Definition of dragon in US English:

dragon

noun

  • 1A mythical monster like a giant reptile. In European tradition the dragon is typically fire-breathing and tends to symbolize chaos or evil, whereas in East Asia it is usually a beneficent symbol of fertility, associated with water and the heavens.

    • ‘In the ancient book, I Ching, when explaining a certain divinatory symbol the dragon is associated with young bamboo.’
    • ‘The giant dragons begin a criss cross sweep across the massive sky.’
    • ‘After all of it, after all the magic and storms and monsters and dragons and evil beings, they were going to die of the cold.’
    • ‘Also, since dragons symbolized power and stars were considered a symbol of hope, and she seemed to be their only hope, it seemed to be the perfect name.’
    • ‘C.G. does it better - dinosaurs, dragons, giant storms and morphing monsters.’
    • ‘Both feng shui and early British belief use the dragon as the symbol for energies in the ground - not underground, but moving within the earth itself’
    • ‘Alain was a slayer of giants and dragons, a protector of people.’
    • ‘Although his other shape was that of a giant dragon, the elven warrior preferred his current form as it gave him a greater range of motion.’
    • ‘Youngsters will get the chance to make their own fire-breathing dragons and the famous Salisbury giant will once again be making a star appearance.’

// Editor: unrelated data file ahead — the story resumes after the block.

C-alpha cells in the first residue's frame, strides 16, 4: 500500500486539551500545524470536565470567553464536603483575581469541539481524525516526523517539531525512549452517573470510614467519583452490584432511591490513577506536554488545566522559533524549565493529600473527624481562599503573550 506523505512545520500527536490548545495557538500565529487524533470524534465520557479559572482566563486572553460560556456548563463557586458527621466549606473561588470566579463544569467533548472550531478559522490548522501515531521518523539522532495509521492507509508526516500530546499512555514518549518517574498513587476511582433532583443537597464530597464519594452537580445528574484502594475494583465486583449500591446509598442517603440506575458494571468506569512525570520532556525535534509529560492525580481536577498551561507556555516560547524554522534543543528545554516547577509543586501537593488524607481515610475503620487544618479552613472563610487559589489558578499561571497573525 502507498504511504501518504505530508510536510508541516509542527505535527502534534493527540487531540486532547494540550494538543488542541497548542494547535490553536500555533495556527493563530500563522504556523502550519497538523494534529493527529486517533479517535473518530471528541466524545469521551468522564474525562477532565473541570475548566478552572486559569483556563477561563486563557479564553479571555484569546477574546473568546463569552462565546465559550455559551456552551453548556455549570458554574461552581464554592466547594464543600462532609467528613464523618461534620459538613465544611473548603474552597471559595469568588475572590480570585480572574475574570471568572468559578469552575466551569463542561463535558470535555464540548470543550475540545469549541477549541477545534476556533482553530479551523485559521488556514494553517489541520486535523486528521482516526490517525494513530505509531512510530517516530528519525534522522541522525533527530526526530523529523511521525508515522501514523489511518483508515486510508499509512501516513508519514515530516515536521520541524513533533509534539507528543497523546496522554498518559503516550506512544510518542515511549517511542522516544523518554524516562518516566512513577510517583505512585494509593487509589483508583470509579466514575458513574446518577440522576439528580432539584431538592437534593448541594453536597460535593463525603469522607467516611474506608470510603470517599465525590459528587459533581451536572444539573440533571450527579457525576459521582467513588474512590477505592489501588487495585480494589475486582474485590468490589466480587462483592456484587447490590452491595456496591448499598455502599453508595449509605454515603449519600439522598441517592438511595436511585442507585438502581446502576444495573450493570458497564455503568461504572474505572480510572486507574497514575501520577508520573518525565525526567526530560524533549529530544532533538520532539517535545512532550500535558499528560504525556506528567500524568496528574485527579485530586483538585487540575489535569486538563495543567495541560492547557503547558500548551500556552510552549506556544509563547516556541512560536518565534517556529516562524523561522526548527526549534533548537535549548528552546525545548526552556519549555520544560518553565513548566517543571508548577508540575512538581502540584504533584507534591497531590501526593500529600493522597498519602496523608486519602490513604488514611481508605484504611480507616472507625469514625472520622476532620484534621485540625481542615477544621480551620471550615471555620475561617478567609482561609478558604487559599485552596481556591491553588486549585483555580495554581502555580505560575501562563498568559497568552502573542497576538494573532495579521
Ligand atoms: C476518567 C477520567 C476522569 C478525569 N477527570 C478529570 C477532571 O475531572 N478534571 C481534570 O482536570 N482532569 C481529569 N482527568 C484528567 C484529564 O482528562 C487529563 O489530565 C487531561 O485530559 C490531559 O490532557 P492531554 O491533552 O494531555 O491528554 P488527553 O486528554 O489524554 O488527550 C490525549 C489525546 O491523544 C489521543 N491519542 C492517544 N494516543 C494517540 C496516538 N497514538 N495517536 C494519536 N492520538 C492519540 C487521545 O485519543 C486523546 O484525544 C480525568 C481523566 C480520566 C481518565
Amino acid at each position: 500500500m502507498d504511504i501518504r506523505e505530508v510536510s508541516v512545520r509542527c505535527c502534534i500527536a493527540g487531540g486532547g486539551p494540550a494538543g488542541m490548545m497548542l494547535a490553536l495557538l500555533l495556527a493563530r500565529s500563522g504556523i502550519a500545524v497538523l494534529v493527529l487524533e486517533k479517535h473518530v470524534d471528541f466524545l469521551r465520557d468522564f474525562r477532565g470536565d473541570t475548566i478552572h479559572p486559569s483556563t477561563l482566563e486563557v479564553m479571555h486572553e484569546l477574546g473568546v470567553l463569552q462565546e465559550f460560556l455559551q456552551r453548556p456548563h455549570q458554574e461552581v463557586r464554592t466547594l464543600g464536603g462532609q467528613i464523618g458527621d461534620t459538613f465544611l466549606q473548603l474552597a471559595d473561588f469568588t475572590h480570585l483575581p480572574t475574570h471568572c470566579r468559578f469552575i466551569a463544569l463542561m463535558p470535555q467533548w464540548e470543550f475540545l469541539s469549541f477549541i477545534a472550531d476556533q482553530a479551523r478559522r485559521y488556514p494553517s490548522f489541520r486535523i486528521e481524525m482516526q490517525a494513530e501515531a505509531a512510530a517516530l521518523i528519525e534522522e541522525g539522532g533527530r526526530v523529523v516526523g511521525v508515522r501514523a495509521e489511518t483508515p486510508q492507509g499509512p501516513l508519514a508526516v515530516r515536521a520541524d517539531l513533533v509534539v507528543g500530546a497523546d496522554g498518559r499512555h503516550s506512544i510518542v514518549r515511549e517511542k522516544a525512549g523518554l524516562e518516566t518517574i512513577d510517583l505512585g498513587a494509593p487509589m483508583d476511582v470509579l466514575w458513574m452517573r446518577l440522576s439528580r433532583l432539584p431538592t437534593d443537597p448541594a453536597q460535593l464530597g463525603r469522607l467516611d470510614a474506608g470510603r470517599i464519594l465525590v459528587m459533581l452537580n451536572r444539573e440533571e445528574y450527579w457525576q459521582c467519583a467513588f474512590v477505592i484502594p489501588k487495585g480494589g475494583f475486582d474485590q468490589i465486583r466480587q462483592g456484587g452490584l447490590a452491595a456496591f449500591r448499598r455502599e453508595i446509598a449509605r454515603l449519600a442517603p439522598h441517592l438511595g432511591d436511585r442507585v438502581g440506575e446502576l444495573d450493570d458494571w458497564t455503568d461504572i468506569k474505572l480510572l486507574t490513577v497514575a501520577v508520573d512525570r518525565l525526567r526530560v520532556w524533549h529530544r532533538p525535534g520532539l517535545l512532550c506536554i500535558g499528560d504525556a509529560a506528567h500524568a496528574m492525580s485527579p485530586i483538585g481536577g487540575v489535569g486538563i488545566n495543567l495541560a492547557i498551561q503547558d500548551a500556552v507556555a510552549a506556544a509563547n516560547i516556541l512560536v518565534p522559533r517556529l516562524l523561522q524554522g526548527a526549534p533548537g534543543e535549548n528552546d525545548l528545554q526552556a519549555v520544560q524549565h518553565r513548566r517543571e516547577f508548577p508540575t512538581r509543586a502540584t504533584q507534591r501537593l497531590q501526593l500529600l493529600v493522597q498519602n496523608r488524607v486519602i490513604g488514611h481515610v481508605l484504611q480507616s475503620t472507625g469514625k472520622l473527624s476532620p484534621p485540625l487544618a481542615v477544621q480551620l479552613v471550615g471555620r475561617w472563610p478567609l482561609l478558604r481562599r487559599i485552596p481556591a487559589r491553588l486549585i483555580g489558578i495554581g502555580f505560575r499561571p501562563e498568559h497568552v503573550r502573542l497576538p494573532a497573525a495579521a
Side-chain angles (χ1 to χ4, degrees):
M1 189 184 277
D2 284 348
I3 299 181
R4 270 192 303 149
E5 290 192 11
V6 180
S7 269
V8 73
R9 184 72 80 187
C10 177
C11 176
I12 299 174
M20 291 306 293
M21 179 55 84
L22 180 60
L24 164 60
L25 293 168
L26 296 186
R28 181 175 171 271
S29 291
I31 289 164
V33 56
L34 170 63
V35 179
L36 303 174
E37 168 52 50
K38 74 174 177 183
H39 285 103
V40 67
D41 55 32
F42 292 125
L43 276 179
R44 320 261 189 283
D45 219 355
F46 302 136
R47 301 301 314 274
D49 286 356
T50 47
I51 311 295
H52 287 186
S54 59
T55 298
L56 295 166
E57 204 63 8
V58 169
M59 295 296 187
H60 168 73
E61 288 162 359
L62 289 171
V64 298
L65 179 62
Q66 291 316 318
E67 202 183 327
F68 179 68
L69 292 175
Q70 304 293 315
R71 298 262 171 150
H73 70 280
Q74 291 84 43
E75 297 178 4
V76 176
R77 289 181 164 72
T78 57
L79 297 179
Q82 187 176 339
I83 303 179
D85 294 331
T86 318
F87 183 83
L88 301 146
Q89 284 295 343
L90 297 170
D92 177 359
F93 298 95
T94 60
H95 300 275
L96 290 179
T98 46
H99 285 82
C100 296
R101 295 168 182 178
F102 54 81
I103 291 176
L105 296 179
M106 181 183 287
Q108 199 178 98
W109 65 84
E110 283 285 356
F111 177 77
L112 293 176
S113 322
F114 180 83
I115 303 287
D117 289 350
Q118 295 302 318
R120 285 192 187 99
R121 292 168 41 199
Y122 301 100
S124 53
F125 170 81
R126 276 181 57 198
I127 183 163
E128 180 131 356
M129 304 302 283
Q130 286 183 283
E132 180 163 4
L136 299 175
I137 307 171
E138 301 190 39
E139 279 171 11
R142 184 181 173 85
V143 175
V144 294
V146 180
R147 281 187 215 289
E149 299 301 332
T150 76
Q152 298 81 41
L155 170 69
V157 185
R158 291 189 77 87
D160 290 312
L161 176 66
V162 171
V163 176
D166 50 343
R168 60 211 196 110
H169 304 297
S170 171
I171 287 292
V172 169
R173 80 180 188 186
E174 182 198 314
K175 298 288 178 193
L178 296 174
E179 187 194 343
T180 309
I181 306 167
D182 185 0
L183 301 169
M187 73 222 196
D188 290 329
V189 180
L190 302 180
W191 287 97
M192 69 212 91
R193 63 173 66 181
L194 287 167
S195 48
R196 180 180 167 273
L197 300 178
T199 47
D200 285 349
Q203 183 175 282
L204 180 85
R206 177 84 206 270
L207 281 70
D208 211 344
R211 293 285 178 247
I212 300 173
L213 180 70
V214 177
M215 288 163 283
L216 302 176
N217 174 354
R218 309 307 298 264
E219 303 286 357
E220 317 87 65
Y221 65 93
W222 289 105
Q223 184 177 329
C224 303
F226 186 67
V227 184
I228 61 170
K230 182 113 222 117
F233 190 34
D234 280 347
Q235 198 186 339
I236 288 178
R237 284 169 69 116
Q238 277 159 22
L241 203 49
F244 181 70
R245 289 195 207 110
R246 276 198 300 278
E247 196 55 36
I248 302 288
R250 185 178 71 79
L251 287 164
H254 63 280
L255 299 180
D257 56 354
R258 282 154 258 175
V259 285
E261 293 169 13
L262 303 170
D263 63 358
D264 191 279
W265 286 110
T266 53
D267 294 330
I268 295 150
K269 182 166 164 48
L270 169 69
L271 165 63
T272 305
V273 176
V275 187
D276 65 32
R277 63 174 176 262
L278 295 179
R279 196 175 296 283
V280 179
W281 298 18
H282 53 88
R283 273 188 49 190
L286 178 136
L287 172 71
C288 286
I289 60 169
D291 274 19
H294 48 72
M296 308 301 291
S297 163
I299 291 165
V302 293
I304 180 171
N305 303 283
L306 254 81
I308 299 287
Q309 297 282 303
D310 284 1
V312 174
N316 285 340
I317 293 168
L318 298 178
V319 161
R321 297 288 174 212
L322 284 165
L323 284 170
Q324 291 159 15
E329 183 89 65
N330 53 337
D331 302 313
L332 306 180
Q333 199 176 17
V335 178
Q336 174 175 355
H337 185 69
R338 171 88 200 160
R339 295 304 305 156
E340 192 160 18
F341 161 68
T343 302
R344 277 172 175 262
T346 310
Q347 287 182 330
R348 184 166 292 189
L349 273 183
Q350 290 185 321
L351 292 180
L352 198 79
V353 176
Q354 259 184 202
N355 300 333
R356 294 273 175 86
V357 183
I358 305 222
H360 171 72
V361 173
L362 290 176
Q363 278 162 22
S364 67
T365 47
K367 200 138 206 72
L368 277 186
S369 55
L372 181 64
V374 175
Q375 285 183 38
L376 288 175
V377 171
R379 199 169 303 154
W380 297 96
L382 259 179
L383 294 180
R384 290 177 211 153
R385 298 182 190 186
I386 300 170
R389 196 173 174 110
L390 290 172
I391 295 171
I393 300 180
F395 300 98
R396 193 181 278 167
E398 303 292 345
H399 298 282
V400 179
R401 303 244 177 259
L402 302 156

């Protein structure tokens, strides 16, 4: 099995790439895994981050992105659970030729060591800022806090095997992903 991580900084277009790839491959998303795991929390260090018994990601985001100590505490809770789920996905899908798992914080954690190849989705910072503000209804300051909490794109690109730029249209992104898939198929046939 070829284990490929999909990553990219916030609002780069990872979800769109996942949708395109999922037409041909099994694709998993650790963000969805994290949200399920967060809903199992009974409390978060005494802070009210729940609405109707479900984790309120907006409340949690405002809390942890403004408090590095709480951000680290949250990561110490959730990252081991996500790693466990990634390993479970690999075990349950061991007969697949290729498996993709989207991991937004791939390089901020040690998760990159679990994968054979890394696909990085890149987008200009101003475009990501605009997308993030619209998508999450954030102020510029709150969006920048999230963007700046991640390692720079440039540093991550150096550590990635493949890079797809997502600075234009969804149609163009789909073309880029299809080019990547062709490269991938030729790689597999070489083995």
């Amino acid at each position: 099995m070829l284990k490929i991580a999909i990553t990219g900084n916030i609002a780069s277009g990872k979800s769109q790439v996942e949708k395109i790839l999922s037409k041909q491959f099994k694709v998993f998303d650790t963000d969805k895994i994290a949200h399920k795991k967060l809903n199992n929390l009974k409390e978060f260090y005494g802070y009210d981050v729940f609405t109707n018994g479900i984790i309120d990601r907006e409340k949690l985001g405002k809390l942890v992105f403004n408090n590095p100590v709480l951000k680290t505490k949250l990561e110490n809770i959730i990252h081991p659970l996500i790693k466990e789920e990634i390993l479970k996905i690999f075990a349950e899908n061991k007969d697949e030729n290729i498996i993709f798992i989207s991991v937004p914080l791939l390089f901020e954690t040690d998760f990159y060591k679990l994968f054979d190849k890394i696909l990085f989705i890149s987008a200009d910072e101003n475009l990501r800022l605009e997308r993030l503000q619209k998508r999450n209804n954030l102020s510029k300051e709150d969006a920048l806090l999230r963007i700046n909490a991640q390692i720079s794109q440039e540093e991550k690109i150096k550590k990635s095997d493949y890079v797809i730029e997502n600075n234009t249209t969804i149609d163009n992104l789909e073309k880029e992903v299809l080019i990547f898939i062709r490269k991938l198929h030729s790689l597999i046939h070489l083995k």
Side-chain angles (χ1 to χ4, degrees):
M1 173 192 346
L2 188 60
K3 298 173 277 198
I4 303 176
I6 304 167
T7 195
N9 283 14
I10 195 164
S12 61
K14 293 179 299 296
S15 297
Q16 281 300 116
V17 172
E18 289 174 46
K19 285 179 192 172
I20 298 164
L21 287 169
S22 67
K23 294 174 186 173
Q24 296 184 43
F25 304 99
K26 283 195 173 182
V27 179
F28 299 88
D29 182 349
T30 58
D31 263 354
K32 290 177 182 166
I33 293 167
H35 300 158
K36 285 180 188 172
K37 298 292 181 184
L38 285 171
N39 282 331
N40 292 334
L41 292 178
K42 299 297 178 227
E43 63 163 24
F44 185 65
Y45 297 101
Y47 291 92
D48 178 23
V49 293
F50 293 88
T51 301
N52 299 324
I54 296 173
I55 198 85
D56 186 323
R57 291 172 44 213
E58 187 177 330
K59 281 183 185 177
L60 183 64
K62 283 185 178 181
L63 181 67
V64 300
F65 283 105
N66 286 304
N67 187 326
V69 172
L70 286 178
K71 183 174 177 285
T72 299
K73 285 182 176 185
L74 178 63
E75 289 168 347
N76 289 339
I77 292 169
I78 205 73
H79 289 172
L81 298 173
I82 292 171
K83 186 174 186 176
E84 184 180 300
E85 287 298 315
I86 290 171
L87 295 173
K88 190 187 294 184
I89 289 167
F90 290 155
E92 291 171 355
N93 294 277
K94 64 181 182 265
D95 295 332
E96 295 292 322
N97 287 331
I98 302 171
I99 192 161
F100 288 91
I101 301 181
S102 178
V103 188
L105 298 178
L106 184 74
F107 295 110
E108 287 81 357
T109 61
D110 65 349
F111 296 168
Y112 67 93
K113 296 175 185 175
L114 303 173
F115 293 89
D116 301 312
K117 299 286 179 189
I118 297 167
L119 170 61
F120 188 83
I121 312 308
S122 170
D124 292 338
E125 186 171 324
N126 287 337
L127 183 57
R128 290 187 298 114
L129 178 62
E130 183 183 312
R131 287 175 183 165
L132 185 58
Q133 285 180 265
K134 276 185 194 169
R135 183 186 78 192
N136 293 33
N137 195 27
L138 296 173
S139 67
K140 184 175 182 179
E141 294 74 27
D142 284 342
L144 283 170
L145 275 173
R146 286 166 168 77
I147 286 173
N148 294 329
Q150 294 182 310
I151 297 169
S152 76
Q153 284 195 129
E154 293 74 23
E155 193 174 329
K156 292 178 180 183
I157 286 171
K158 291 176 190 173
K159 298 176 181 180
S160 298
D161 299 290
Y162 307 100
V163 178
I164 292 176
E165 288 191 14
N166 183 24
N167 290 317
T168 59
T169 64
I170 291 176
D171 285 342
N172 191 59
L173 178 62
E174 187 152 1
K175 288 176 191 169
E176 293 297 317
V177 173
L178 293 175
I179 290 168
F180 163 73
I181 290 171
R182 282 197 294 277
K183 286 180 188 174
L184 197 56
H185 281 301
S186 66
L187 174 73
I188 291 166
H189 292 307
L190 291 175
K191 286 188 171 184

• ‘With red-eyed goblins, giant spiders and a fire-breathing dragon, this book is perfect Hallowe'en fare.’
    • ‘They thought of Good dragons, and Evil dragons, while Ray thought of how best to defeat them.’
    • ‘Get as close as you dare to mythical monsters including dragons, the Unicorn and the Yeti and learn about the mystery that surrounds them.’
    • ‘Talking dragons and evil Sorceresses and a world full of monsters and giants and magic… it was all simply too much.’
    • ‘We watched an ice demon breathe fire (how he did it, we still don't know), and watched a man slay a giant dragon.’
    • ‘The dragon was a water dragon and they were considered good creatures.’
    • ‘The other three transformed to giant dragons who towered above him.’
    • ‘In the Babylonian creation story their great god Marduk fights the sea dragon Tiamat.’
    • ‘On each corner of its curved roof perch ten dragons and other mythical water animals that symbolically guard against the ever-present risk of fire.’
    • ‘A snake is also associated with a dragon, the symbol of the Chinese nation.’
    • ‘The world of science, logic, and technology has killed off the world of dragons, giants, and heroes.’
    1. 1.1derogatory A fierce and intimidating person, especially a woman.
      ‘the geography teacher was a real dragon’
  • 2

    another term for flying dragon
  • 3historical (in the 16th and 17th centuries) a short musket carried on the belt of a soldier, especially a mounted infantryman.

    • ‘I walked up the stairs to Tralgar's home and knocked on the door, which was made difficult by the dragon I was carrying.’
    1. 3.1 A soldier armed with a short musket carried on the belt.
      Compare with dragoon
      • ‘Once more, the dragons crushed the offending soldiers, winning a victory that was soon to be short lived.’

Origin

Middle English (also denoting a large serpent): from Old French, via Latin from Greek drakōn ‘serpent’.

Pronunciation

dragon

/ˈdraɡən//ˈdræɡən/